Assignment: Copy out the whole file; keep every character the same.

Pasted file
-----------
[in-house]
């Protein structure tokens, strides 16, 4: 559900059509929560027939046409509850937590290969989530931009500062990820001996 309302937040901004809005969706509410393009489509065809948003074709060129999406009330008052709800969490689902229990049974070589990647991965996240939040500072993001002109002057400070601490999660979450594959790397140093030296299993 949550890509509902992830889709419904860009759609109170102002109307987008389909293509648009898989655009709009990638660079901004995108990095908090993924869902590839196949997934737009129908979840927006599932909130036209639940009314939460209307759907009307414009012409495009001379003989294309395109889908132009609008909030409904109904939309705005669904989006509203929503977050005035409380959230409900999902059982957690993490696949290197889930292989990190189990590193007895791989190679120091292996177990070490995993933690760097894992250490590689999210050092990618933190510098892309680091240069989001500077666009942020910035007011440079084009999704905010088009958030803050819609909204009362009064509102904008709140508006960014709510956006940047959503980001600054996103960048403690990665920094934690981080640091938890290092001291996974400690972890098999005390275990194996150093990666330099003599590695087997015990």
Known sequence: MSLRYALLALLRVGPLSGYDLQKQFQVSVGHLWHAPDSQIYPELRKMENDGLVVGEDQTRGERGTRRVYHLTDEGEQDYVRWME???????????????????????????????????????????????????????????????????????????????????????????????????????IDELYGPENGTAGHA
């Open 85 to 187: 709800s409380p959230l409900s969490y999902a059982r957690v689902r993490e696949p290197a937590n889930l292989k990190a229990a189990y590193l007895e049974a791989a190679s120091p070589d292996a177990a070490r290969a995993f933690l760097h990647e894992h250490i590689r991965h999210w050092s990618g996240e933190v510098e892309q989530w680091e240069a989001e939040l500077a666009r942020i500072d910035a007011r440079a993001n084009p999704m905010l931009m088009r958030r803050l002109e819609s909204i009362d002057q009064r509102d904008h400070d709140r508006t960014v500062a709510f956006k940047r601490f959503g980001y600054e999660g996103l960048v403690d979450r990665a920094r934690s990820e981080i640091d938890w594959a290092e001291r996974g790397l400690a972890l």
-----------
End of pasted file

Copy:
[in-house]
């Protein structure tokens, strides 16, 4: 559900059509929560027939046409509850937590290969989530931009500062990820001996 309302937040901004809005969706509410393009489509065809948003074709060129999406009330008052709800969490689902229990049974070589990647991965996240939040500072993001002109002057400070601490999660979450594959790397140093030296299993 949550890509509902992830889709419904860009759609109170102002109307987008389909293509648009898989655009709009990638660079901004995108990095908090993924869902590839196949997934737009129908979840927006599932909130036209639940009314939460209307759907009307414009012409495009001379003989294309395109889908132009609008909030409904109904939309705005669904989006509203929503977050005035409380959230409900999902059982957690993490696949290197889930292989990190189990590193007895791989190679120091292996177990070490995993933690760097894992250490590689999210050092990618933190510098892309680091240069989001500077666009942020910035007011440079084009999704905010088009958030803050819609909204009362009064509102904008709140508006960014709510956006940047959503980001600054996103960048403690990665920094934690981080640091938890290092001291996974400690972890098999005390275990194996150093990666330099003599590695087997015990």
Known sequence: MSLRYALLALLRVGPLSGYDLQKQFQVSVGHLWHAPDSQIYPELRKMENDGLVVGEDQTRGERGTRRVYHLTDEGEQDYVRWME???????????????????????????????????????????????????????????????????????????????????????????????????????IDELYGPENGTAGHA
């Open 85 to 187: 709800s409380p959230l409900s969490y999902a059982r957690v689902r993490e696949p290197a937590n889930l292989k990190a229990a189990y590193l007895e049974a791989a190679s120091p070589d292996a177990a070490r290969a995993f933690l760097h990647e894992h250490i590689r991965h999210w050092s990618g996240e933190v510098e892309q989530w680091e240069a989001e939040l500077a666009r942020i500072d910035a007011r440079a993001n084009p999704m905010l931009m088009r958030r803050l002109e819609s909204i009362d002057q009064r509102d904008h400070d709140r508006t960014v500062a709510f956006k940047r601490f959503g980001y600054e999660g996103l960048v403690d979450r990665a920094r934690s990820e981080i640091d938890w594959a290092e001291r996974g790397l400690a972890l």